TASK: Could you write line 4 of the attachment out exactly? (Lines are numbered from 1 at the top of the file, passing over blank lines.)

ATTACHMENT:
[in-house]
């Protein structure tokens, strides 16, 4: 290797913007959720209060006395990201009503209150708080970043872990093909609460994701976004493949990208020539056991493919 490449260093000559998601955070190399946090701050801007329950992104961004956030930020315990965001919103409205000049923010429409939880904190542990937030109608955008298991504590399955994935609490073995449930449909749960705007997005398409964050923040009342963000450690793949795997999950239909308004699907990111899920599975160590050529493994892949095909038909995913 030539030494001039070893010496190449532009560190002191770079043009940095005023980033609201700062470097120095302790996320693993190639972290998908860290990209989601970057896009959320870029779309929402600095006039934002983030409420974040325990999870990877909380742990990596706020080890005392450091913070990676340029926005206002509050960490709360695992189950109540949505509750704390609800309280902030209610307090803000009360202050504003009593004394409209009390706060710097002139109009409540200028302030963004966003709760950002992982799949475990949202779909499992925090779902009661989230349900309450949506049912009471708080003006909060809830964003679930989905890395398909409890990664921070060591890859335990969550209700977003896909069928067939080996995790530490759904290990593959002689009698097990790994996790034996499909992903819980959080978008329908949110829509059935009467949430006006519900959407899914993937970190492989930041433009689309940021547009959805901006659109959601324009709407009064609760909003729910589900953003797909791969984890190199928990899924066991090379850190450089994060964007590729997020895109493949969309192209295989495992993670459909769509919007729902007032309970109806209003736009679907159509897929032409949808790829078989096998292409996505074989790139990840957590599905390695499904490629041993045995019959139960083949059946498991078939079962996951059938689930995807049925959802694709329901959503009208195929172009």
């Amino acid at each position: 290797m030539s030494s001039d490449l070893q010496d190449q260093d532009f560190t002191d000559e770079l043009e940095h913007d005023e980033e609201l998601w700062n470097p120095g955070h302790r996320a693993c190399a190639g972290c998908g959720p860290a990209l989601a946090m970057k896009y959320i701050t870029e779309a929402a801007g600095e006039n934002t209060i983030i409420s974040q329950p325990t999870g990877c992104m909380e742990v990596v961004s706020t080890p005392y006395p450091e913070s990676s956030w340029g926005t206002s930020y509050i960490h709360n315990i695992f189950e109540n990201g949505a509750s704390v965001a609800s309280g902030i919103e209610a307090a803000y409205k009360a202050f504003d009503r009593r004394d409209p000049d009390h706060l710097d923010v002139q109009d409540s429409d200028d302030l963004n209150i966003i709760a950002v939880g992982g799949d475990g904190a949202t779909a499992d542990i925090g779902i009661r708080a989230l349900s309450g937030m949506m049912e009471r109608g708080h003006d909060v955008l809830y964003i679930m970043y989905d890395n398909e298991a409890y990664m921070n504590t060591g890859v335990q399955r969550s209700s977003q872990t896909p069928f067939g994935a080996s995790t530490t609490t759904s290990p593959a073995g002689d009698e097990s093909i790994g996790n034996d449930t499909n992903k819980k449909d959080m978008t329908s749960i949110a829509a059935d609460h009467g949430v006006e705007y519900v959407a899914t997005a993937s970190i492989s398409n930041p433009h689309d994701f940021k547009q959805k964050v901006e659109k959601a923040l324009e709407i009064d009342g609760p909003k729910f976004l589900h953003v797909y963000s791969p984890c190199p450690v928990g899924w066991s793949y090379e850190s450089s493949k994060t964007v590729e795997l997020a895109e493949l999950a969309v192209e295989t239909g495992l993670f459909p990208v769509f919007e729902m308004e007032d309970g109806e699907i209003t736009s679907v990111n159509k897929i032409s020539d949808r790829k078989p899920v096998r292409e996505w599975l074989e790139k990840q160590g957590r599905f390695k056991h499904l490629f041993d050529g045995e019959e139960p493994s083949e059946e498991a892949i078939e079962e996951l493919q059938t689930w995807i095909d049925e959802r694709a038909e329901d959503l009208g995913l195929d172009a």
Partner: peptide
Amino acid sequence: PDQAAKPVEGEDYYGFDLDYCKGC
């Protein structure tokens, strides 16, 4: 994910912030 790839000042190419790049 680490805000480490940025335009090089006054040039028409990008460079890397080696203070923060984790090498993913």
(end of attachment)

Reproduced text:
Partner: peptide